In the retail real estate world, the explosive growth in e-commerce had shifted demand away from “bricks and mortar” storefronts to warehouses, data centers and logistics. However, coming out of the pandemic, there is now a renewed appreciation for the storefront as retailers rethink the role of the physical store in distribution and, in some cases, brand development. There will likely continue to be square footage rationalization as e-commerce grows, but brick-and-mortar retail will not disappear. The pandemic has underscored the importance of a physical location in a true omnichannel distribution environment and retailers are reinvesting in their stores and looking to sign leases in premium retail centers globally.

Sustainability – How REITs Can Make a Difference

Businesses, governments and investors are committing to achieving carbon neutrality by 2050. This has significant implications for global real estate. According to the United Nations Environment Program, building operations and construction represent 39% of global greenhouse gas emissions. It estimates that direct building carbon emissions will need to be cut in half by 2030 to get on track for 2050, having major implications for real estate landlords, developers and property values.

As an investor focused on responsible investing, understanding the key risks and opportunities faced by commercial real estate landlords looking to cut global emissions is top of our mind and fully integrated into our research and investment process.

In Summary

We believe there are several compelling reasons to invest in listed real estate over a market cycle, and more importantly, now. These include:

  • Attractive yield potential relative to other investments
  • Ability to generate a compelling total return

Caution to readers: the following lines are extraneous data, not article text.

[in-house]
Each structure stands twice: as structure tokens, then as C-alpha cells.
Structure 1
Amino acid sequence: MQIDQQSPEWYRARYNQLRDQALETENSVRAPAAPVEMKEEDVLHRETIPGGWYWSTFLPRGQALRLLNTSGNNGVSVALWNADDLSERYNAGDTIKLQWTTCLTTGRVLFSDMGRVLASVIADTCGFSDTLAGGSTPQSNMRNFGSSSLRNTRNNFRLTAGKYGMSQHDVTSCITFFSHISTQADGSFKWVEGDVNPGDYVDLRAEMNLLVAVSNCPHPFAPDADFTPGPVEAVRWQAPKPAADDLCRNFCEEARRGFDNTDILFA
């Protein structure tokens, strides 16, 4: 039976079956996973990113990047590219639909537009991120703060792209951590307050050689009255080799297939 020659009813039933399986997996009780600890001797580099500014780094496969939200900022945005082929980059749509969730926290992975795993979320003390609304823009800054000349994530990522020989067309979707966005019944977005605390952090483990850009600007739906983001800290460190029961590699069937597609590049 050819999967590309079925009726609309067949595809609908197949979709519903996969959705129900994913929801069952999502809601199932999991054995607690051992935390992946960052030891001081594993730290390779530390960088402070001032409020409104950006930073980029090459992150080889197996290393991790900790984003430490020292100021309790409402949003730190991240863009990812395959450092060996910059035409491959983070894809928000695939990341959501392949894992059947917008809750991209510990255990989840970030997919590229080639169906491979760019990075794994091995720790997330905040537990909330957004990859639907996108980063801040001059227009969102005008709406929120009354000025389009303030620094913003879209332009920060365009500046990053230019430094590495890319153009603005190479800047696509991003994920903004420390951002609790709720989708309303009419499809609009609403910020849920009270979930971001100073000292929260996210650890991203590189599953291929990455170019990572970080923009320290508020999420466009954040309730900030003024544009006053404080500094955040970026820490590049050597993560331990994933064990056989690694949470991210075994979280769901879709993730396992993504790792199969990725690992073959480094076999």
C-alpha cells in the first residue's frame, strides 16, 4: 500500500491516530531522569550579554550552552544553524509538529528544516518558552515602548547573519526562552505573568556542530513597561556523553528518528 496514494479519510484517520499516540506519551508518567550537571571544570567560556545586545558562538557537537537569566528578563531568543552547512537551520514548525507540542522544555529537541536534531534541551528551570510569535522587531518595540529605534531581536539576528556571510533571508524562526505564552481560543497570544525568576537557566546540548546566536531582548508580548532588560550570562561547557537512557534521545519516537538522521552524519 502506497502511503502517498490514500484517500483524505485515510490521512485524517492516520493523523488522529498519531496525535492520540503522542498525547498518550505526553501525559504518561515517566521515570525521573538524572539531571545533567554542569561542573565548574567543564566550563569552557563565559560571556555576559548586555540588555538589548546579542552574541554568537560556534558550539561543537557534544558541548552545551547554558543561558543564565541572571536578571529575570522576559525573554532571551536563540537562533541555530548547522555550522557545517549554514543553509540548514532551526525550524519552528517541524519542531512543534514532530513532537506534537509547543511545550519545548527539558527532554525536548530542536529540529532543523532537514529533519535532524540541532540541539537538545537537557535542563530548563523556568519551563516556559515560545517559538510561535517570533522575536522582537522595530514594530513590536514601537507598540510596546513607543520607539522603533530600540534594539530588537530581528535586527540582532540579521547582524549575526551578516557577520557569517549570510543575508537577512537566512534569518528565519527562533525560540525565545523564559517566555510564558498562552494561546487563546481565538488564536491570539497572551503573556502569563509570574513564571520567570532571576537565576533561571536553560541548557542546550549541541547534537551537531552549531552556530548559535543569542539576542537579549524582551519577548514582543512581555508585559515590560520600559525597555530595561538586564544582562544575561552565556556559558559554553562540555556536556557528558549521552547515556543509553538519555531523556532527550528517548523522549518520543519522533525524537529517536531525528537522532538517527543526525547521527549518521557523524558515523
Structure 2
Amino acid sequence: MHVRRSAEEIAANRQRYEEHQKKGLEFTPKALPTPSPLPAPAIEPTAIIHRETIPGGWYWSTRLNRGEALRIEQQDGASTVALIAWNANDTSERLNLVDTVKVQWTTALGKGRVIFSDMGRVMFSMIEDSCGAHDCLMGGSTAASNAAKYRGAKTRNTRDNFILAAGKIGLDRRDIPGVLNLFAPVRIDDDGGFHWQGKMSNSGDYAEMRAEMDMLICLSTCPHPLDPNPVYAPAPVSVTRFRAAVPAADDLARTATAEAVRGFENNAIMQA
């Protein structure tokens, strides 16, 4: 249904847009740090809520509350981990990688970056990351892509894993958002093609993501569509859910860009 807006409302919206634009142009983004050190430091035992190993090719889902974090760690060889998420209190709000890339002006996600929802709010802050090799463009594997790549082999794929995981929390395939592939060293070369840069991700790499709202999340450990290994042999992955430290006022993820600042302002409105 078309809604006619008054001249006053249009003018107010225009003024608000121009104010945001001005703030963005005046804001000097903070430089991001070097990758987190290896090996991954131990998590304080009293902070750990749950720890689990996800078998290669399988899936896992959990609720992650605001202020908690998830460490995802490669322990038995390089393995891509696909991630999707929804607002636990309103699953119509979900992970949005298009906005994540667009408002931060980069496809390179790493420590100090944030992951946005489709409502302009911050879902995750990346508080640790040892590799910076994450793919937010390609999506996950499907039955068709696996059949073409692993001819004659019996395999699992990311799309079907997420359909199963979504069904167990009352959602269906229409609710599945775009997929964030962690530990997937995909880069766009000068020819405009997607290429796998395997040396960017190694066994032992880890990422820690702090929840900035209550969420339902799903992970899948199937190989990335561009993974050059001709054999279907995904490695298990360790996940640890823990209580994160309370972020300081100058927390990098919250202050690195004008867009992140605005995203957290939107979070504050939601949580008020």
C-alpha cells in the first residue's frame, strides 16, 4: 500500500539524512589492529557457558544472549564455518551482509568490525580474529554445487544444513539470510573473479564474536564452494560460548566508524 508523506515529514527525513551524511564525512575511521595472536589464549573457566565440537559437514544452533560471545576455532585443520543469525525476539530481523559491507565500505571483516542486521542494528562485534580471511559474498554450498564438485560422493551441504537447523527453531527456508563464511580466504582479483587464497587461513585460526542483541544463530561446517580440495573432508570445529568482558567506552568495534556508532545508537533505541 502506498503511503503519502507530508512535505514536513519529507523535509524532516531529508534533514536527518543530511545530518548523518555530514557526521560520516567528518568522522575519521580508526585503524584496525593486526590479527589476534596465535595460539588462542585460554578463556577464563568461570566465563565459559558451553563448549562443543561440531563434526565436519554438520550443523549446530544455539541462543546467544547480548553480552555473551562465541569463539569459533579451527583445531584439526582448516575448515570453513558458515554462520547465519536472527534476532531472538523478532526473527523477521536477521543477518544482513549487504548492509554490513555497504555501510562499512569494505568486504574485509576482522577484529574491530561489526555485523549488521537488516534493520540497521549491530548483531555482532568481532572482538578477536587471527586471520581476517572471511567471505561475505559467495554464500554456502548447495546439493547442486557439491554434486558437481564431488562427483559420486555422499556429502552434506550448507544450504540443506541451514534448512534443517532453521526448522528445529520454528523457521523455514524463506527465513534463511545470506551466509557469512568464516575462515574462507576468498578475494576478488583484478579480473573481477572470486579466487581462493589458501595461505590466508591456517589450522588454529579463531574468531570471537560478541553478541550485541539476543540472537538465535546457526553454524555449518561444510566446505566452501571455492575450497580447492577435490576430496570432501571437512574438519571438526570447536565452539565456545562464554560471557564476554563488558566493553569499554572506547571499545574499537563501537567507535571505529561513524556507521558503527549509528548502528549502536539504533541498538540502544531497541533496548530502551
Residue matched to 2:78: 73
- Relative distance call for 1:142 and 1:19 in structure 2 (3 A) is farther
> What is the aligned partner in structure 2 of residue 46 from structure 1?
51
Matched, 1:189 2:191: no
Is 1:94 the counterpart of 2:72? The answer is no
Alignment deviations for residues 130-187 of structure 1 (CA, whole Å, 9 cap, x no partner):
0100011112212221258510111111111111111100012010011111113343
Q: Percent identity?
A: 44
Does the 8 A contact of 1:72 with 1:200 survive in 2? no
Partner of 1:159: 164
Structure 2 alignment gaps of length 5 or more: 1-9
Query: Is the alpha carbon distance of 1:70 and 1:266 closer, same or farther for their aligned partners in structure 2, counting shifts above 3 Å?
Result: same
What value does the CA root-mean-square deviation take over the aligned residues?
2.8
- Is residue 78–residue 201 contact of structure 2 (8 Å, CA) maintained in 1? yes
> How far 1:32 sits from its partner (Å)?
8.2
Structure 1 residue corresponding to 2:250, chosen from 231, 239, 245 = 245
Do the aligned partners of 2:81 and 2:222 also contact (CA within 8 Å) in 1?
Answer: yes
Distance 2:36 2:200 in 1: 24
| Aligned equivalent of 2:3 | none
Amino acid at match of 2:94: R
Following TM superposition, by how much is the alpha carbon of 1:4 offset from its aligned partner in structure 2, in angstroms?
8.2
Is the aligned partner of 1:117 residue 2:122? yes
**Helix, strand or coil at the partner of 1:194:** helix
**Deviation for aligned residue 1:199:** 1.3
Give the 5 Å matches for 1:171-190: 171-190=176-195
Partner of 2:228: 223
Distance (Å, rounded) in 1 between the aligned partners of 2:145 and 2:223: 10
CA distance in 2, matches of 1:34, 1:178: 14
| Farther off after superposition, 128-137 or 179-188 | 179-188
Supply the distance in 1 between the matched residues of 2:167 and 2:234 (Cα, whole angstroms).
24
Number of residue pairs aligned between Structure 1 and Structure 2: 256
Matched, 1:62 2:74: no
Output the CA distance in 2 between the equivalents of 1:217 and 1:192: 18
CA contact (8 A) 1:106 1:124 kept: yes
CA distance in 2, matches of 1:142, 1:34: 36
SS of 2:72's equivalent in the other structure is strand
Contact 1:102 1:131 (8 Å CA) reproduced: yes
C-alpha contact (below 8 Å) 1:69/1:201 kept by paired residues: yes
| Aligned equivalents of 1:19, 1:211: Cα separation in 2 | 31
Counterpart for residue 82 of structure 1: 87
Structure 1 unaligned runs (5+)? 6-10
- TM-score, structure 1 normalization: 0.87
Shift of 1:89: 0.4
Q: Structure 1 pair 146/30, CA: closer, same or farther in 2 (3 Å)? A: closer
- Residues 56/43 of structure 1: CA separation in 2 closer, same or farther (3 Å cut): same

• Portfolio diversification
  • Proven potential to perform well in inflationary environments
  • Enhanced environmental, social and governance investment opportunities


There are special risk considerations associated with investing in the real estate industry securities such as Real Estate Investment Trusts (REITs) and the securities of companies principally engaged in the real estate industry. These risks include: the cyclical nature of real estate values, risks related to general and local economic conditions, overbuilding and increased competition, increases in property taxes and operating expenses, demographic trends and variations in rental income, changes in zoning laws, casualty or condemnation losses, environmental risks, regulatory limitations on rents, changes in neighborhood values, related party risks, changes in the appeal of properties to tenants, increases in interest rates and other real estate capital market influences. Generally, increases in interest rates will increase the costs of obtaining financing, which could directly and indirectly decrease the value of a strategy investing in the Real Estate Industry.


There is no assurance that a portfolio will achieve its investment objective. Portfolios are subject to market risk, which is the possibility that the market values of securities owned by the portfolio will decline and that the value of portfolio shares may therefore be less than what you paid for them. Market values can change daily due to economic and other events (e.g. natural disasters, health crises, terrorism, conflicts and social unrest) that affect markets, countries, companies or governments. It is difficult to predict the timing, duration, and potential adverse effects (e.g. portfolio liquidity) of events. Accordingly, you can lose money investing in this portfolio. Please be aware that this portfolio may be subject to certain additional risks.